33-Year-Old Wide Receiver – Carolina Panthers
2015 Fantasy Football Outlook
After a surprising 10-touchdown 2013 season in Pittsburgh, the veteran Cotchery signed with Carolina last summer, but took until Week 15 to score his only touchdown of the season. While Cotchery’s 201...
Jerricho Cotchery Contract Information:
Signed a two-year contract with the Panthers worth $5 million in March of 2014.
Cotchery suffered a groin injury in Friday's game and will not return.
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|Receiving||Rec Distance||Big Rec Games||Rushing||Kick Ret||Punt Ret||Fumbles|
|2015 Proj||33||CAR||Subscribe now to see our 2013 projections for Jerricho Cotchery|
Age is determined on September 1st of each season.
|Fantasy Points Per Game||Receiving Stats||Red Zone Targets||Rushing Stats||Red Zone Runs|
|2015 Proj||33||CAR||Subscribe now to see our 2015 projections for Jerricho Cotchery|
Age is determined on September 1st of each season.
|Snap Count||Receiving||Rec Distance||Rushing||Fumbles||Kick Ret||Punt Ret||Red Zone Targets||Red Zone Runs|
A blank stat line is used above whenever a player was not on the field for any plays in the game that week.
Jerricho Cotchery: Past News Updates ( ▲ View most recent update )
Exclusive Fantasy Analysis (FREE PREVIEW)Cotchery began the week with a missed practice, but an unhindered return Thursday proves the viability of his hamstring. Since taking a seat in Week 3 due to a thigh injury, he's averaged 6.6 targets per game, meaning he's due to take advantage of Cam Newton's trust. Considering a similar rep count Sunday, Cotchery will aim to reach the end zone for the first time in a Panthers uniform against a Falcons defense that has given up 16.8 YPC and one receiving touchdown per game to wideouts this season.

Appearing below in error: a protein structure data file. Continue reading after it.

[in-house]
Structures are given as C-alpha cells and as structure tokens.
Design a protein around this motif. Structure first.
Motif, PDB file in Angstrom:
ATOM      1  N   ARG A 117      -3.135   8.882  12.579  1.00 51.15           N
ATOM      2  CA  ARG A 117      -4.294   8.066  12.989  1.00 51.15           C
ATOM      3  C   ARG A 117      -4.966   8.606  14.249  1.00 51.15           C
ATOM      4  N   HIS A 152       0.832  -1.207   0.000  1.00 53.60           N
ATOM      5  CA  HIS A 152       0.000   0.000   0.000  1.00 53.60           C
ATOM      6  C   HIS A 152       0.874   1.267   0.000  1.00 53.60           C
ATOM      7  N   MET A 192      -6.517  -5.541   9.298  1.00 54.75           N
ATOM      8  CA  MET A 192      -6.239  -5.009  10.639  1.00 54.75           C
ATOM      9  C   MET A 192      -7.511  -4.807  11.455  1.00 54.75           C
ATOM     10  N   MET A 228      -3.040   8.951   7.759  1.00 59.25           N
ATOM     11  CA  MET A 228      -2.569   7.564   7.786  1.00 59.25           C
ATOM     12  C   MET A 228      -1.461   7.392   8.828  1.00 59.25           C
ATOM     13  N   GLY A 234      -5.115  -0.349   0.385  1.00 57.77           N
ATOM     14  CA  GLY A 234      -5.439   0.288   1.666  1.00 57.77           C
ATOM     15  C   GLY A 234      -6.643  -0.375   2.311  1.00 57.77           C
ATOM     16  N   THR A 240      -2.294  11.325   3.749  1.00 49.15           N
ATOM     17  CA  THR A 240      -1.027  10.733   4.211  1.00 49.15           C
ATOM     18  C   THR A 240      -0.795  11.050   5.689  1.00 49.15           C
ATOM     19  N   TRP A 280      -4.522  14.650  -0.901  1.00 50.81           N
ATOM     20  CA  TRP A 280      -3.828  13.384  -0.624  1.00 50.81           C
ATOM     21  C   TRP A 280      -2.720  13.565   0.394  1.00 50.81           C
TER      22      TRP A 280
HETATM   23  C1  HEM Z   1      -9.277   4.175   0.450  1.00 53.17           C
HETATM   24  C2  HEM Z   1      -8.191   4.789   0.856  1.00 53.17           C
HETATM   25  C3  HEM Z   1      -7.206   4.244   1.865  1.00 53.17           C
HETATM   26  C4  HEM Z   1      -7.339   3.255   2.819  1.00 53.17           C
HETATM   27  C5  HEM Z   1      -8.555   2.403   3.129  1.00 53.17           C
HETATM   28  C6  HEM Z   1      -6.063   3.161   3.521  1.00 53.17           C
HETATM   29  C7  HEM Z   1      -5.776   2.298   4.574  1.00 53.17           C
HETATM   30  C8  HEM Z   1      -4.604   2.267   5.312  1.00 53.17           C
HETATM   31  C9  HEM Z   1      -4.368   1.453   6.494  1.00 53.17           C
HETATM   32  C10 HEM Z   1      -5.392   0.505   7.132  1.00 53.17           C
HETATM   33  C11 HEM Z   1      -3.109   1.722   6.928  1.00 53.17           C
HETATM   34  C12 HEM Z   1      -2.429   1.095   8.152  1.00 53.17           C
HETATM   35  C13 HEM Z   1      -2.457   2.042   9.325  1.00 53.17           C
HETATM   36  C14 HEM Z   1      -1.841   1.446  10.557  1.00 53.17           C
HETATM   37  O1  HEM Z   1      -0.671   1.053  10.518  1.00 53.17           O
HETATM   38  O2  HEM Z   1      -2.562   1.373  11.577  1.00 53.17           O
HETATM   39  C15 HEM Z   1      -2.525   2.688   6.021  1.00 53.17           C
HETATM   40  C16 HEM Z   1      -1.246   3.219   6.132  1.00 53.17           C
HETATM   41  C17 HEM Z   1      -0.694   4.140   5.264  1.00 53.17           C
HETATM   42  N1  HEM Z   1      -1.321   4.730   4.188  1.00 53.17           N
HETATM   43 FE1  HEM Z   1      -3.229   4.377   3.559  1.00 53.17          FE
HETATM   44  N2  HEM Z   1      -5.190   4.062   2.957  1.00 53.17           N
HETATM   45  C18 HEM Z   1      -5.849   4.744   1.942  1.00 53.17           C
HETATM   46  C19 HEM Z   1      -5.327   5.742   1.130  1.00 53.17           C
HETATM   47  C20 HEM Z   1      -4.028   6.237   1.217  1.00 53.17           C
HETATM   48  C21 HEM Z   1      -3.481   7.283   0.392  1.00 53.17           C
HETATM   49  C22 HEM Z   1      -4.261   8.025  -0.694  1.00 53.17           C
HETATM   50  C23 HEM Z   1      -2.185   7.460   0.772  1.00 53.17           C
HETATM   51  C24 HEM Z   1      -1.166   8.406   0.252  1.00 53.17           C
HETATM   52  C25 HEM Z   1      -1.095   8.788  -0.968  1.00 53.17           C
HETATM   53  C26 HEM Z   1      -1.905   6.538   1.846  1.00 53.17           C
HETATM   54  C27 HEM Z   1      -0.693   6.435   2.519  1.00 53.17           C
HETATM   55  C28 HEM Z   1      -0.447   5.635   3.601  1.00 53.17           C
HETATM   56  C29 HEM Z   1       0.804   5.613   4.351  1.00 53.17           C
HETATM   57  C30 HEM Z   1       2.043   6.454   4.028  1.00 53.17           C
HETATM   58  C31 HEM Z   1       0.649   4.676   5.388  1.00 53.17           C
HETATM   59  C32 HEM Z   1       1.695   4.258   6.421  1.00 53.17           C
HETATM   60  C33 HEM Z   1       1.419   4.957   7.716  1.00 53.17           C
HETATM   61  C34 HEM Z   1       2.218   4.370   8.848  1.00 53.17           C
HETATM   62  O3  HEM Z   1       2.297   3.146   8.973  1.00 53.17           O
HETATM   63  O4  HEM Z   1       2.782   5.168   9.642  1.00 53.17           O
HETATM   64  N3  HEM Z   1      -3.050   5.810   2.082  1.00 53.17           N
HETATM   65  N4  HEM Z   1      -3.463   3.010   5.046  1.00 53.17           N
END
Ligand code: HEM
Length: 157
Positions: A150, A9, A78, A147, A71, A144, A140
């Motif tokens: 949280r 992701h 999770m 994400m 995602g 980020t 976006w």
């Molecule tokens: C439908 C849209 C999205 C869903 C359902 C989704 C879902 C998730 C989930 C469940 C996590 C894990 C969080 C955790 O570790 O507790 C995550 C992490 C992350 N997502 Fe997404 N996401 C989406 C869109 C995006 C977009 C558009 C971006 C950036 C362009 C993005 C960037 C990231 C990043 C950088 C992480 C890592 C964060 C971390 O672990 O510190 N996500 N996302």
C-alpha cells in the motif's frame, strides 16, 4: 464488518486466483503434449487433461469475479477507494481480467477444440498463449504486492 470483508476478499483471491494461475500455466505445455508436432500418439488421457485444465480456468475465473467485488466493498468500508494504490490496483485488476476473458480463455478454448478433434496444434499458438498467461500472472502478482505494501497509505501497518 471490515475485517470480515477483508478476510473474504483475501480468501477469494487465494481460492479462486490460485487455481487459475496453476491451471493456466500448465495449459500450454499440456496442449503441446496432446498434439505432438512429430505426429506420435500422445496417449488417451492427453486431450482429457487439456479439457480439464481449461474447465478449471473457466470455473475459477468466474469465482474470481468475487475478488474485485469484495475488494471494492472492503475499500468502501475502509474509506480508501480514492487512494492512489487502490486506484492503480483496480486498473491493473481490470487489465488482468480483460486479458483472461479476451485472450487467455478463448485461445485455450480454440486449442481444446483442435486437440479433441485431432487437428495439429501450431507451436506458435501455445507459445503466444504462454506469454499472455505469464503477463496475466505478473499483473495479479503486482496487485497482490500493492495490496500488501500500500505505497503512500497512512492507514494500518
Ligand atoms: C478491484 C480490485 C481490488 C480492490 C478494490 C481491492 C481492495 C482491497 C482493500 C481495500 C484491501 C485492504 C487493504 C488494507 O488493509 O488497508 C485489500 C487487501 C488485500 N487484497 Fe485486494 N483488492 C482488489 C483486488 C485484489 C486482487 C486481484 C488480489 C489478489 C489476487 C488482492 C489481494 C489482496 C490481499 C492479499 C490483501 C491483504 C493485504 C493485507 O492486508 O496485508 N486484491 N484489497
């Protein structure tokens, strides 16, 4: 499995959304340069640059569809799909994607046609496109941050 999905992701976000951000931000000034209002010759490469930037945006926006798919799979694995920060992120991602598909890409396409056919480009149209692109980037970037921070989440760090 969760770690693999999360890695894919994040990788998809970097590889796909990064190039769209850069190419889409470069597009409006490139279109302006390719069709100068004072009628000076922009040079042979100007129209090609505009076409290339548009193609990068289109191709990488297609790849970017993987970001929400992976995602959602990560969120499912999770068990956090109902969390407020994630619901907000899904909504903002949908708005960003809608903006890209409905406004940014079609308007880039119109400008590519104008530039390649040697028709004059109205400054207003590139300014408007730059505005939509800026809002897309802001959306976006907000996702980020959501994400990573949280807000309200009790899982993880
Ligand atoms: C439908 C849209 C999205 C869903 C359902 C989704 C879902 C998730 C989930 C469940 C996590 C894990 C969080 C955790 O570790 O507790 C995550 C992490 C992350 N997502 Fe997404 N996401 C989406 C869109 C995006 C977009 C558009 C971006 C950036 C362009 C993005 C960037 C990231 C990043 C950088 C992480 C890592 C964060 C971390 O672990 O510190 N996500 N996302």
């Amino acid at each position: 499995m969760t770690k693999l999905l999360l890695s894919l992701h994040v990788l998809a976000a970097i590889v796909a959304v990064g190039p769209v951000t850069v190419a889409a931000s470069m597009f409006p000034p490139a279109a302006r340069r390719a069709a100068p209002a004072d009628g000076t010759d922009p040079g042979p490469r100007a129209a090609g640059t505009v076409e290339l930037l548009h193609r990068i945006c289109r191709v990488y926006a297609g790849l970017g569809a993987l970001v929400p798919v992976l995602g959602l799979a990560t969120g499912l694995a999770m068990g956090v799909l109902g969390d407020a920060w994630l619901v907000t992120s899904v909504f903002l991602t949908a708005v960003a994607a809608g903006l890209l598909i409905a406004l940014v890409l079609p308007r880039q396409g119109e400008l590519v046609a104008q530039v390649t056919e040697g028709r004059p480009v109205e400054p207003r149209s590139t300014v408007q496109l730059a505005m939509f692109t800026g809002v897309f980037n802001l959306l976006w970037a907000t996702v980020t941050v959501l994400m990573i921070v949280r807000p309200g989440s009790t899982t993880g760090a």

Exclusive Fantasy Analysis (FREE PREVIEW)Cotchery matched Kelvin Benjamin and Greg Olsen with seven targets during Monday's defeat at the hands of the Eagles. However, Cotchery's subpar outing -- two catches for 15 yards -- can perhaps be blamed on a balky hamstring. In any case, owners should keep a watchful eye on his activity level in practice as the week continues in order to confirm coach Ron Rivera's contention that Cotchery will suit up Sunday against the Falcons, according to Steve Reed of the Associated Press.
RotoWire's Preseason Outlooks
Someone has to catch Cam Newton’s passes this year. Carolina drafted Kelvin Benjamin late in the first round, but between a slow (albeit huge) rookie and an above-average tight end in Greg Olsen, that’s not going to add up to 500 targets. Enter the 32-year old journeyman Cotchery who somehow caught 10 touchdowns last year despite not otherwise being a huge factor in the Steelers’ offense. At 6-1, 200, Cotchery has just average size, and even at his peak he wasn’t fast. Cotchery runs good routes and has solid hands, so he’ll likely be a possession option for Newton along with Jason Avant who has a similar skill set. But unless Benjamin flops, we’d expect the rookie – and Olsen – to be the prime red-zone targets.
Cotchery's stats were virtually identical to 2011, when he caught 16 passes for 237 yards and two touchdowns. He has been a bit of a disappointment considering he averaged 67 receptions for 841 yards and 3.6 touchdowns in the five seasons prior to joining the Steelers. However, he could be in line for more targets due to Mike Wallace's departure.
Until Mike Wallace ended his holdout, Cotchery looked to have a firm hold on the Steelers' third receiver position. Now he is buried behind Wallace, Antonio Brown and Emmanuel Sanders.
With Santonio Holmes re-signed and the free agent acquisitions of Plaxico Burress and Derrick Mason, Cotchery found himself looking for a new home. At 6-1, 197 and with just average speed, Cotchery's not suited to be a No. 1, and his per-play numbers last year (5.0 YPT, 10.6 YPC) were pretty awful. Cotchery's got good hands and is tough enough to go over the middle and fill a possession role, but he will likely won't see as many targets as previous seasons now that he's in Pittsburgh. With Mike Wallace and Hines Ward ahead of him, Cotchery will have to compete with Antonio Brown and Emmanuel Sanders for the third receiver slot.